Jim Cramer Is Wrong; The Spread Isn't Dead
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Is the spread dead? On Friday, U.S. crude oil benchmark West Texas Intermediate, or WTI, traded at a premium to Brent crude oil for the first time since October 2010.
Jim Cramer thinks this is a permanent shift. On Monday, he predicted domestic oil prices will remain tethered to the international benchmark now that the kinks in the energy supply chain system have been fixed. Here's an except from the segment:
"The spread is dead and I bet it will stay that way because there's so much new pipeline capacity coming in. In fact, I could easily see the West Texas Intermediate price going higher than Brent, because it's higher quality." Jim Cramer.
You can watch the full video here. Based on his thesis, Cramer recommends buying domestic oil producers including Continental Resources (NYSE: CLR), Whiting Petroleum, and Carrizo Oil and Gas. He also suggested selling refineries that have benefited from the supply glut like HollyFrontier and Marathon Petroleum.
But Cramer is wrong. The the kink in the supply chain hasn't been fixed - it has just moved south.
But first, what happened?
Historically, WTI and Brent traded closely to one another. But this relationship began to change when double-digit oil production growth from the Alberta oil sands and the North Dakota Bakken began to pile up in the Midwest. The U.S. oil logistic network wasn't built to accommodate the surge in production. All of this new output flowed into a key storage point at Cushing, Oklahoma, and couldn't easily be moved south to the main refining centers on the Gulf coast.
As a result, crude inventories at Cushing surged and WTI began to trade at a discount to Brent.
But in recent weeks that spread has been erased. New pipeline capacity at Cushing has provided an outlet to coastal markets where oil can be sold at international prices. Production outages in Western Canada has also reduced supply.
But here's the problem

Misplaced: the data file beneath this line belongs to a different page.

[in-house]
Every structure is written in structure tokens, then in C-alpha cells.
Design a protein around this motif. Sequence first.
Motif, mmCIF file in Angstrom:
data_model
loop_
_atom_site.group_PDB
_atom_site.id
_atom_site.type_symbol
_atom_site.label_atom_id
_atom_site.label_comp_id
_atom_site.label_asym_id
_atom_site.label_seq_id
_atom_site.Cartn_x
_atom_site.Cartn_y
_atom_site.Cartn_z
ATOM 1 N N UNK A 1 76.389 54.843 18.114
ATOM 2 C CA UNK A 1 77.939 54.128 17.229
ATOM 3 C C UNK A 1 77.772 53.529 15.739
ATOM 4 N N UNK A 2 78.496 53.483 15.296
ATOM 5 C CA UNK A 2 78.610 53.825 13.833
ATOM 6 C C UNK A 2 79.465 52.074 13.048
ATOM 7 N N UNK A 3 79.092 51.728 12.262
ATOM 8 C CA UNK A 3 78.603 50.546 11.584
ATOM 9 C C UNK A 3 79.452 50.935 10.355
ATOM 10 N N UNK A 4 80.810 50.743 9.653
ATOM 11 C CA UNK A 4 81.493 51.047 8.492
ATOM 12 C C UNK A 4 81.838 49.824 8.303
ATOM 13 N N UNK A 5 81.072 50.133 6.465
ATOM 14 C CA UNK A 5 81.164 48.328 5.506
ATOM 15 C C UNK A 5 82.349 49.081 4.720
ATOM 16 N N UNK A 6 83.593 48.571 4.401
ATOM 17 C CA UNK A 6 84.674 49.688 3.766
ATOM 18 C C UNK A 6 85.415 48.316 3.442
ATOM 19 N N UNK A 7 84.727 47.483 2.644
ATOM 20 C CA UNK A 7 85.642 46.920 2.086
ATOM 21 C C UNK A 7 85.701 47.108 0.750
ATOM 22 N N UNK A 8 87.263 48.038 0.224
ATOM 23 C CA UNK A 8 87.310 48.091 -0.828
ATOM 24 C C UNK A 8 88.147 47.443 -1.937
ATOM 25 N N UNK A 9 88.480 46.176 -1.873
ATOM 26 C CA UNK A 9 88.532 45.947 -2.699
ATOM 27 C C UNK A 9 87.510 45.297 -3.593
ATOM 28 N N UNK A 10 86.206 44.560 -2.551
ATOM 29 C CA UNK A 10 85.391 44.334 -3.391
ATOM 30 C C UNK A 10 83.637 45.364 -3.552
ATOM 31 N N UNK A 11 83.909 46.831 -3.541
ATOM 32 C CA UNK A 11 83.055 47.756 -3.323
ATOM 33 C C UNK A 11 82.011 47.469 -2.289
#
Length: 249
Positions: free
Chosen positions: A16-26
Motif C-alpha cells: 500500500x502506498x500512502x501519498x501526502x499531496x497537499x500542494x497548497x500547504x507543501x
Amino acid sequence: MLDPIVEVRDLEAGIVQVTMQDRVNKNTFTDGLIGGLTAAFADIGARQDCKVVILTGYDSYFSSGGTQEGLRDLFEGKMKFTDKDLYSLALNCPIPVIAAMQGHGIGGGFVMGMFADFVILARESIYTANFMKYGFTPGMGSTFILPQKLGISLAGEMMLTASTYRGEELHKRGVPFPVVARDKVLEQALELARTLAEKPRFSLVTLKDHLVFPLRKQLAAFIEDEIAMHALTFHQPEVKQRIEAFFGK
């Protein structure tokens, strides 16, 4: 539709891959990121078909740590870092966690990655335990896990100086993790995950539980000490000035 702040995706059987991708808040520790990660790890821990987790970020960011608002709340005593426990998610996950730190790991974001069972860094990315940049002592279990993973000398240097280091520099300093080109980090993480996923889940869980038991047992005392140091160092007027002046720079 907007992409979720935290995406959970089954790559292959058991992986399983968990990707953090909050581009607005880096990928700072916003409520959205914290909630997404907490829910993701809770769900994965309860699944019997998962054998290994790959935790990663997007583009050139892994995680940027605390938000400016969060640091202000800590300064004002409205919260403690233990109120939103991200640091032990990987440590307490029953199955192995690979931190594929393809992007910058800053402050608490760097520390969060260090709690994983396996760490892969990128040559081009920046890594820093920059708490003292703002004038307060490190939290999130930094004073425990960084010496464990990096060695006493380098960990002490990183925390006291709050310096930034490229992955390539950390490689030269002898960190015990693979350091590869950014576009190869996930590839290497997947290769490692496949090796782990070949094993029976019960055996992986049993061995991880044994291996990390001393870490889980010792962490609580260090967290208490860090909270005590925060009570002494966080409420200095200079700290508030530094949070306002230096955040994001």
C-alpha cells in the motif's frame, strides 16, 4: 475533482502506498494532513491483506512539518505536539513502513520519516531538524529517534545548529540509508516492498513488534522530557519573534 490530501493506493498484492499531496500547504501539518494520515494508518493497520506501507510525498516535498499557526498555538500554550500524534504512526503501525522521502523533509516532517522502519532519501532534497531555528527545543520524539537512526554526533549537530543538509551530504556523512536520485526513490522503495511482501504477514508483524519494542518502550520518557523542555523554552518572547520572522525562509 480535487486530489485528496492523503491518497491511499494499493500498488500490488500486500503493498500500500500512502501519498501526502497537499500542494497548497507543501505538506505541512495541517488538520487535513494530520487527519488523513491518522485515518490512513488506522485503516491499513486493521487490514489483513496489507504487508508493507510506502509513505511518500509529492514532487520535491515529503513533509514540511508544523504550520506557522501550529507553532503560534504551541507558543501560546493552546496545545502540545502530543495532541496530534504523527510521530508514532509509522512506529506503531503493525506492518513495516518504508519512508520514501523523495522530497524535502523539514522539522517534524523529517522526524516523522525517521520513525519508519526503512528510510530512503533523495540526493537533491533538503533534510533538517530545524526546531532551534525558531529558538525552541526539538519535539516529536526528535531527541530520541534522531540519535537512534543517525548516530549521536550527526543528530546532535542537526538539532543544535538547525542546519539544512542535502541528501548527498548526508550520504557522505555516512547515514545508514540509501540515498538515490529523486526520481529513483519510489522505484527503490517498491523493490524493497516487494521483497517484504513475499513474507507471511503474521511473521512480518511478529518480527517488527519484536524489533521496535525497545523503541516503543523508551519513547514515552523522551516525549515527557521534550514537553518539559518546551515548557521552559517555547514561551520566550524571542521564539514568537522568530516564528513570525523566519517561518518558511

The bottleneck in the energy supply chain haven't been cleared - it has just been moved south to the Gulf coast.
For now, refineries can absorb the extra barrels from Cushing. Today there're still 250,000 to 300,000 barrels of light, sweet crude imports coming into the Gulf coast. Higher domestic production will simply offset this.
But this relief won't last forever. According to Macquarie, there're 7 million barrels per day of new pipeline capacity set for completion between 2013 and 2015. This is a massive amount of new supplies entering the region and will likely overwhelm refining capacity.
And remember Canada? Expect Alberta production to bounce back strong following those temporary outages. This means more competition for WTI. Lighter crudes will have to trade lower to compete against heavier oils like Mayan and Canadian Synthetic.
Of course we're unlikely to see the WTI/Brent spread go back to the record $16 per barrel gap we saw earlier this year. But according to industry analyst Keith Schaefer, the discount could easily return to $5 - $10 per barrel.
What does all this mean for investors?
If WTI begins to trade at a discount to Brent again, investors should do the exact opposite of what Cramer recommended on Monday.
First, this bottleneck creates an opportunity for U.S. refining stocks especially those with assets on the Gulf coast. Look at names like Valero Energy (NYSE: VLO) and Phillips 66 (NYSE: PSX). Both of these names sold off heavily when WTI/Brent prices converged. But if the WTI/Brent spread widens again, these companies will enjoy a cost advantage when they can buy discounted American oil and sell the refined product at international prices. That will mean wider profit margins and a higher share price for these companies.
Second, avoid landlocked producers like Continental Resources. Last quarter the company grew production 42% year-over-year to 121,500 barrels of oil equivalent per day. But all of that output was centered in the Bakken and the Midwest which must be shipped through bottlenecks in the supply chain. If the WTI/Brent spread widens, Continental and other mid-continent producers will receive a lower price for their output.
Foolish bottom line
What's most troubling about this new bottleneck is that it could be incredibly difficult for the industry to fix. Within the United States it's challenging to add new downstream capacity. In the past 20 years, only three new refineries have been built in the country. If the WTI/Brent spread widens, it could create a long lasting price advantage for Gulf refiners.
Robert Baillieul has no position in any stocks mentioned. The Motley Fool has no position in any of the stocks mentioned. Try any of our Foolish newsletter services free for 30 days. We Fools may not all hold the same opinions, but we all believe that considering a diverse range of insights makes us better investors. The Motley Fool has a disclosure policy. Is this post wrong? Click here. Think you can do better? Join us and write your own!